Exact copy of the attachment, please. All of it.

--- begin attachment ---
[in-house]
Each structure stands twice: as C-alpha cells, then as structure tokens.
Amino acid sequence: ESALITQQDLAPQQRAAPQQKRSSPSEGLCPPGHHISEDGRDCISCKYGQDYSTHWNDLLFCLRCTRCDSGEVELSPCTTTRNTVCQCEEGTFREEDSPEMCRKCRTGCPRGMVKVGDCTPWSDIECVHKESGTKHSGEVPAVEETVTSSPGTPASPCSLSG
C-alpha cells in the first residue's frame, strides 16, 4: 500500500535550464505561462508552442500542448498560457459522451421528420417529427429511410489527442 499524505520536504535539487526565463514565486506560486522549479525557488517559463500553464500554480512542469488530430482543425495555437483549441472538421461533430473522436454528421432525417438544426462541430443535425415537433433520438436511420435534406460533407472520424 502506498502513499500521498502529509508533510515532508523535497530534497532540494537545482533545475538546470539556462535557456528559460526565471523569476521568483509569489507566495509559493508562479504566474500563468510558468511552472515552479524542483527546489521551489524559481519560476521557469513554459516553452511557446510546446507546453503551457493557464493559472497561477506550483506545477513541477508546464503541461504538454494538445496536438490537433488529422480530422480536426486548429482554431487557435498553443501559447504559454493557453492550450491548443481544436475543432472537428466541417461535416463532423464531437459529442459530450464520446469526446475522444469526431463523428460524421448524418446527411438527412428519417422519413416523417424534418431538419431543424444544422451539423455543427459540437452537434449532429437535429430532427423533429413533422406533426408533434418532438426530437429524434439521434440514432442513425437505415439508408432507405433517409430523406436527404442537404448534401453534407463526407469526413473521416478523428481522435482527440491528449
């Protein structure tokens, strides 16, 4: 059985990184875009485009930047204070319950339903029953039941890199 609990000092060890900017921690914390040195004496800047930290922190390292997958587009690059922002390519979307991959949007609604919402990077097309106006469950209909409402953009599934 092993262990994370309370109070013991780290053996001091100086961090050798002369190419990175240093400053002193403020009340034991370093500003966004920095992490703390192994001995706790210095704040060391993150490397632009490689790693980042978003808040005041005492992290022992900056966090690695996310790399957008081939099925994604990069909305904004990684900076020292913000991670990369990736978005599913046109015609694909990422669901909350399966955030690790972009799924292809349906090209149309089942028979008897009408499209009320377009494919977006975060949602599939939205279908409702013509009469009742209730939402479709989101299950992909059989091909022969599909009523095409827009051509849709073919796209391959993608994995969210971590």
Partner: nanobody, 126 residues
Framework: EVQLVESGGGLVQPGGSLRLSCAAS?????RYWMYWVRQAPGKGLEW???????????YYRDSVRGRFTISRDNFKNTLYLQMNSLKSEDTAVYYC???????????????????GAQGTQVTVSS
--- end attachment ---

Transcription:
[in-house]
Each structure stands twice: as C-alpha cells, then as structure tokens.
Amino acid sequence: ESALITQQDLAPQQRAAPQQKRSSPSEGLCPPGHHISEDGRDCISCKYGQDYSTHWNDLLFCLRCTRCDSGEVELSPCTTTRNTVCQCEEGTFREEDSPEMCRKCRTGCPRGMVKVGDCTPWSDIECVHKESGTKHSGEVPAVEETVTSSPGTPASPCSLSG
C-alpha cells in the first residue's frame, strides 16, 4: 500500500535550464505561462508552442500542448498560457459522451421528420417529427429511410489527442 499524505520536504535539487526565463514565486506560486522549479525557488517559463500553464500554480512542469488530430482543425495555437483549441472538421461533430473522436454528421432525417438544426462541430443535425415537433433520438436511420435534406460533407472520424 502506498502513499500521498502529509508533510515532508523535497530534497532540494537545482533545475538546470539556462535557456528559460526565471523569476521568483509569489507566495509559493508562479504566474500563468510558468511552472515552479524542483527546489521551489524559481519560476521557469513554459516553452511557446510546446507546453503551457493557464493559472497561477506550483506545477513541477508546464503541461504538454494538445496536438490537433488529422480530422480536426486548429482554431487557435498553443501559447504559454493557453492550450491548443481544436475543432472537428466541417461535416463532423464531437459529442459530450464520446469526446475522444469526431463523428460524421448524418446527411438527412428519417422519413416523417424534418431538419431543424444544422451539423455543427459540437452537434449532429437535429430532427423533429413533422406533426408533434418532438426530437429524434439521434440514432442513425437505415439508408432507405433517409430523406436527404442537404448534401453534407463526407469526413473521416478523428481522435482527440491528449
């Protein structure tokens, strides 16, 4: 059985990184875009485009930047204070319950339903029953039941890199 609990000092060890900017921690914390040195004496800047930290922190390292997958587009690059922002390519979307991959949007609604919402990077097309106006469950209909409402953009599934 092993262990994370309370109070013991780290053996001091100086961090050798002369190419990175240093400053002193403020009340034991370093500003966004920095992490703390192994001995706790210095704040060391993150490397632009490689790693980042978003808040005041005492992290022992900056966090690695996310790399957008081939099925994604990069909305904004990684900076020292913000991670990369990736978005599913046109015609694909990422669901909350399966955030690790972009799924292809349906090209149309089942028979008897009408499209009320377009494919977006975060949602599939939205279908409702013509009469009742209730939402479709989101299950992909059989091909022969599909009523095409827009051509849709073919796209391959993608994995969210971590």
Partner: nanobody, 126 residues
Framework: EVQLVESGGGLVQPGGSLRLSCAAS?????RYWMYWVRQAPGKGLEW???????????YYRDSVRGRFTISRDNFKNTLYLQMNSLKSEDTAVYYC???????????????????GAQGTQVTVSS